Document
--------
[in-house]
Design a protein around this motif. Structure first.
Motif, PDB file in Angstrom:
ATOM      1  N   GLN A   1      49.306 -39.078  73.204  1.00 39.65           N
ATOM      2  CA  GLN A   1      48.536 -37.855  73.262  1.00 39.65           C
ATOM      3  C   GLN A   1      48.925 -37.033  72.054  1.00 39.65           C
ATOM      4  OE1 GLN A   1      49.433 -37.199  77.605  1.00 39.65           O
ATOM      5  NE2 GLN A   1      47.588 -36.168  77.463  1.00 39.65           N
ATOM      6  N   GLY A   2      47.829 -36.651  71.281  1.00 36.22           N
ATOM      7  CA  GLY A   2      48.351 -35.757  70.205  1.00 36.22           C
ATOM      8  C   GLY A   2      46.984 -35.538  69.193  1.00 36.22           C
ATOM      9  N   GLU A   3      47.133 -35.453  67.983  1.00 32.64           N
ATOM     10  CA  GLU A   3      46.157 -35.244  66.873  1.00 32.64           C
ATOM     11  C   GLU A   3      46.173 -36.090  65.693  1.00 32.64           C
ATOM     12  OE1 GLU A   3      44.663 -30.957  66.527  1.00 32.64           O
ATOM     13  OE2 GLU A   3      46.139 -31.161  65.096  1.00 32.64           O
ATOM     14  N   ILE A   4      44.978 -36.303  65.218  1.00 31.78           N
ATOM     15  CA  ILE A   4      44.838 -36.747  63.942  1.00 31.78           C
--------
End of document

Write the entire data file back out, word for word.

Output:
[in-house]
Design a protein around this motif. Structure first.
Motif, PDB file in Angstrom:
ATOM      1  N   GLN A   1      49.306 -39.078  73.204  1.00 39.65           N
ATOM      2  CA  GLN A   1      48.536 -37.855  73.262  1.00 39.65           C
ATOM      3  C   GLN A   1      48.925 -37.033  72.054  1.00 39.65           C
ATOM      4  OE1 GLN A   1      49.433 -37.199  77.605  1.00 39.65           O
ATOM      5  NE2 GLN A   1      47.588 -36.168  77.463  1.00 39.65           N
ATOM      6  N   GLY A   2      47.829 -36.651  71.281  1.00 36.22           N
ATOM      7  CA  GLY A   2      48.351 -35.757  70.205  1.00 36.22           C
ATOM      8  C   GLY A   2      46.984 -35.538  69.193  1.00 36.22           C
ATOM      9  N   GLU A   3      47.133 -35.453  67.983  1.00 32.64           N
ATOM     10  CA  GLU A   3      46.157 -35.244  66.873  1.00 32.64           C
ATOM     11  C   GLU A   3      46.173 -36.090  65.693  1.00 32.64           C
ATOM     12  OE1 GLU A   3      44.663 -30.957  66.527  1.00 32.64           O
ATOM     13  OE2 GLU A   3      46.139 -31.161  65.096  1.00 32.64           O
ATOM     14  N   ILE A   4      44.978 -36.303  65.218  1.00 31.78           N
ATOM     15  CA  ILE A   4      44.838 -36.747  63.942  1.00 31.78           C